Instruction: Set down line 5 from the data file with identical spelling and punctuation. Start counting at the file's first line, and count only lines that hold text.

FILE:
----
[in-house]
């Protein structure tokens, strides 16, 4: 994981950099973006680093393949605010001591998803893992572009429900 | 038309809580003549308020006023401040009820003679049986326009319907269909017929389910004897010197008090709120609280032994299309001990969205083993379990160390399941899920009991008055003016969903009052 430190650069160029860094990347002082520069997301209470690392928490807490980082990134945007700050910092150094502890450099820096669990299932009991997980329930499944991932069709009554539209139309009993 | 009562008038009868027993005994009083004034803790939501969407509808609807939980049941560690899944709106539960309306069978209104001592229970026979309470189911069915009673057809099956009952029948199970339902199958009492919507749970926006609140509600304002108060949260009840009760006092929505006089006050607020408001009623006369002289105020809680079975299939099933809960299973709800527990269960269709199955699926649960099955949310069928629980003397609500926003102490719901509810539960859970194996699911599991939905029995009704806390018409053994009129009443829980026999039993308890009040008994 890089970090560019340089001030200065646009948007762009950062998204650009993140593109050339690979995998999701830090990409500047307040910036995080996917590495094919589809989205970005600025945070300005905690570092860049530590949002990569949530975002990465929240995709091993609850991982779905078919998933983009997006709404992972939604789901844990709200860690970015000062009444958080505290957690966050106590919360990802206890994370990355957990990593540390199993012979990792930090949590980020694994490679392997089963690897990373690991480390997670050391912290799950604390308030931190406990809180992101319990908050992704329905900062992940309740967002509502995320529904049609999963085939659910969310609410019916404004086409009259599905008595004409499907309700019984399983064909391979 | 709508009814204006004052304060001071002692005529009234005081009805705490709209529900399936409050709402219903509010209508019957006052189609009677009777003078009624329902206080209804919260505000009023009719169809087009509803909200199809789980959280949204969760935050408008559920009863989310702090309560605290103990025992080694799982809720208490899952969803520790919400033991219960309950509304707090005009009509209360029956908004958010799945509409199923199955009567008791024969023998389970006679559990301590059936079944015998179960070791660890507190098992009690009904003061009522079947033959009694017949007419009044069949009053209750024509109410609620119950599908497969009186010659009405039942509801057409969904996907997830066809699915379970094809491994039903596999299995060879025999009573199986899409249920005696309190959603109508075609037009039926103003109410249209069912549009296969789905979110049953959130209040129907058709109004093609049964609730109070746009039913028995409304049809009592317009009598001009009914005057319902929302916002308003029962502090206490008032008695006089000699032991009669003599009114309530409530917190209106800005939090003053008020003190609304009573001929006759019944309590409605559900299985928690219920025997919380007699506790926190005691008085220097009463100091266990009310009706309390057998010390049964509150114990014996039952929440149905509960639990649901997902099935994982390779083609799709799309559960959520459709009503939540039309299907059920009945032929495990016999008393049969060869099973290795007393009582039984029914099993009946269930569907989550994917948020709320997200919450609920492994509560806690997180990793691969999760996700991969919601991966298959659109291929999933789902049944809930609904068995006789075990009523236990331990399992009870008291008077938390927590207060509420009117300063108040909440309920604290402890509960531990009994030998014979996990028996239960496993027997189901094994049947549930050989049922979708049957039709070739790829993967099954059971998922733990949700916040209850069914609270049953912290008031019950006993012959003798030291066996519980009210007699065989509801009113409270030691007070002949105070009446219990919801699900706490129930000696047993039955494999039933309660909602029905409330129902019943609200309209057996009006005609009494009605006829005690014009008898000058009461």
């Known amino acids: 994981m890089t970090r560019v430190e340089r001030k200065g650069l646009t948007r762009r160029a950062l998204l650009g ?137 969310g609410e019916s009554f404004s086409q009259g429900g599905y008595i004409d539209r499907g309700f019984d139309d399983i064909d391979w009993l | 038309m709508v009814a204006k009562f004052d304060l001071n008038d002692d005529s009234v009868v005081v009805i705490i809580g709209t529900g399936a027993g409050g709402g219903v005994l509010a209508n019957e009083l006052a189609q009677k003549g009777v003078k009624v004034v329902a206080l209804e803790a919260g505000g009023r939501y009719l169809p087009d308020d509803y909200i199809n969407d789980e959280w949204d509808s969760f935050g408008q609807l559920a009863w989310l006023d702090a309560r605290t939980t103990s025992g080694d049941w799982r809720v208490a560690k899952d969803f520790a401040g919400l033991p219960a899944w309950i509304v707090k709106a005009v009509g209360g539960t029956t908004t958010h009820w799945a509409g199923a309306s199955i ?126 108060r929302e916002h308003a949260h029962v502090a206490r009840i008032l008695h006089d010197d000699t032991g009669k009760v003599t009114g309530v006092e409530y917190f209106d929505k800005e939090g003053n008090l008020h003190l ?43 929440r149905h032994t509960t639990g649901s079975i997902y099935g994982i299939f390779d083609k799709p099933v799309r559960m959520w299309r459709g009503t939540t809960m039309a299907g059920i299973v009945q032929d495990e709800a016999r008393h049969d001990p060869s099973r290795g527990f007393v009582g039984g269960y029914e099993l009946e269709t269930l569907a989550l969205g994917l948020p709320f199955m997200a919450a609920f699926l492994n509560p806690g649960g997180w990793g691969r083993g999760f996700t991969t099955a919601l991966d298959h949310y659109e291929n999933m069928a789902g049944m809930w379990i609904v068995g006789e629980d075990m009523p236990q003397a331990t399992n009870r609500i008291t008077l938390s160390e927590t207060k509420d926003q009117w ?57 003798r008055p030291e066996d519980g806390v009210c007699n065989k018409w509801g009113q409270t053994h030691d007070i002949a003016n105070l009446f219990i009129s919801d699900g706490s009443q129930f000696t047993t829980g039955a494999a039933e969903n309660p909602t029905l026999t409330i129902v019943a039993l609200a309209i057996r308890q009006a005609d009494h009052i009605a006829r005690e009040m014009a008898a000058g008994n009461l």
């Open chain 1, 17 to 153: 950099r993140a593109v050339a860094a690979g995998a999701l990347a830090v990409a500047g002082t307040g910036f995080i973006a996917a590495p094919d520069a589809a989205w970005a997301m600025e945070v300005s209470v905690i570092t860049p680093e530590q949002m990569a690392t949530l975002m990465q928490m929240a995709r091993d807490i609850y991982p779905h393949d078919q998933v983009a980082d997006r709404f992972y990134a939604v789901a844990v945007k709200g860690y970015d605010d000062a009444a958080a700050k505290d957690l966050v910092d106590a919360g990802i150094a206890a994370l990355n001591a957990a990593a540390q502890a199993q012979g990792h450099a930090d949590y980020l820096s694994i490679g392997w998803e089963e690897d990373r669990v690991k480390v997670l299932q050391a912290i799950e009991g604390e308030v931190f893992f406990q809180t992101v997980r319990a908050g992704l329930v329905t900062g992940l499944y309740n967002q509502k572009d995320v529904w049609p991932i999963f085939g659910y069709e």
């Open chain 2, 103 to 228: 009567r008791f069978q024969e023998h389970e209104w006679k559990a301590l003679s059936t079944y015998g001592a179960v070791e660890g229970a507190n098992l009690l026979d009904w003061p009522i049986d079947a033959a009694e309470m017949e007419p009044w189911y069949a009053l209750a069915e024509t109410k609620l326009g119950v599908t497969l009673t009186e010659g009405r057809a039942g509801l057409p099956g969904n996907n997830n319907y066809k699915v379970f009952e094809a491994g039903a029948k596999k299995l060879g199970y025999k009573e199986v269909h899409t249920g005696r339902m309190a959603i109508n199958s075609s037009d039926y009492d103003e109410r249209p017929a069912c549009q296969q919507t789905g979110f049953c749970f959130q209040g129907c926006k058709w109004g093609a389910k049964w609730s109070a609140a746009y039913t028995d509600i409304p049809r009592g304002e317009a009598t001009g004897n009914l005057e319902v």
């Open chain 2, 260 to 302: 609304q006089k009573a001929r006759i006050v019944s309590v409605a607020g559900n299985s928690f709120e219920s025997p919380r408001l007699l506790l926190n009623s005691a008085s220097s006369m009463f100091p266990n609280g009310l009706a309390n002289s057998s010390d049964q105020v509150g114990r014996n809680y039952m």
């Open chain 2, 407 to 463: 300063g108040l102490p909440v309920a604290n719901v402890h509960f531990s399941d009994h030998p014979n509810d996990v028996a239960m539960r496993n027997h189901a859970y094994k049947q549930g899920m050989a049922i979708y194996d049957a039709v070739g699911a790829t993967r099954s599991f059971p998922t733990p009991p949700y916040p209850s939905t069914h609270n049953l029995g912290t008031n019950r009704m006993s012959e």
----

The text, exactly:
């Open chain 2, 103 to 228: 009567r008791f069978q024969e023998h389970e209104w006679k559990a301590l003679s059936t079944y015998g001592a179960v070791e660890g229970a507190n098992l009690l026979d009904w003061p009522i049986d079947a033959a009694e309470m017949e007419p009044w189911y069949a009053l209750a069915e024509t109410k609620l326009g119950v599908t497969l009673t009186e010659g009405r057809a039942g509801l057409p099956g969904n996907n997830n319907y066809k699915v379970f009952e094809a491994g039903a029948k596999k299995l060879g199970y025999k009573e199986v269909h899409t249920g005696r339902m309190a959603i109508n199958s075609s037009d039926y009492d103003e109410r249209p017929a069912c549009q296969q919507t789905g979110f049953c749970f959130q209040g129907c926006k058709w109004g093609a389910k049964w609730s109070a609140a746009y039913t028995d509600i409304p049809r009592g304002e317009a009598t001009g004897n009914l005057e319902v």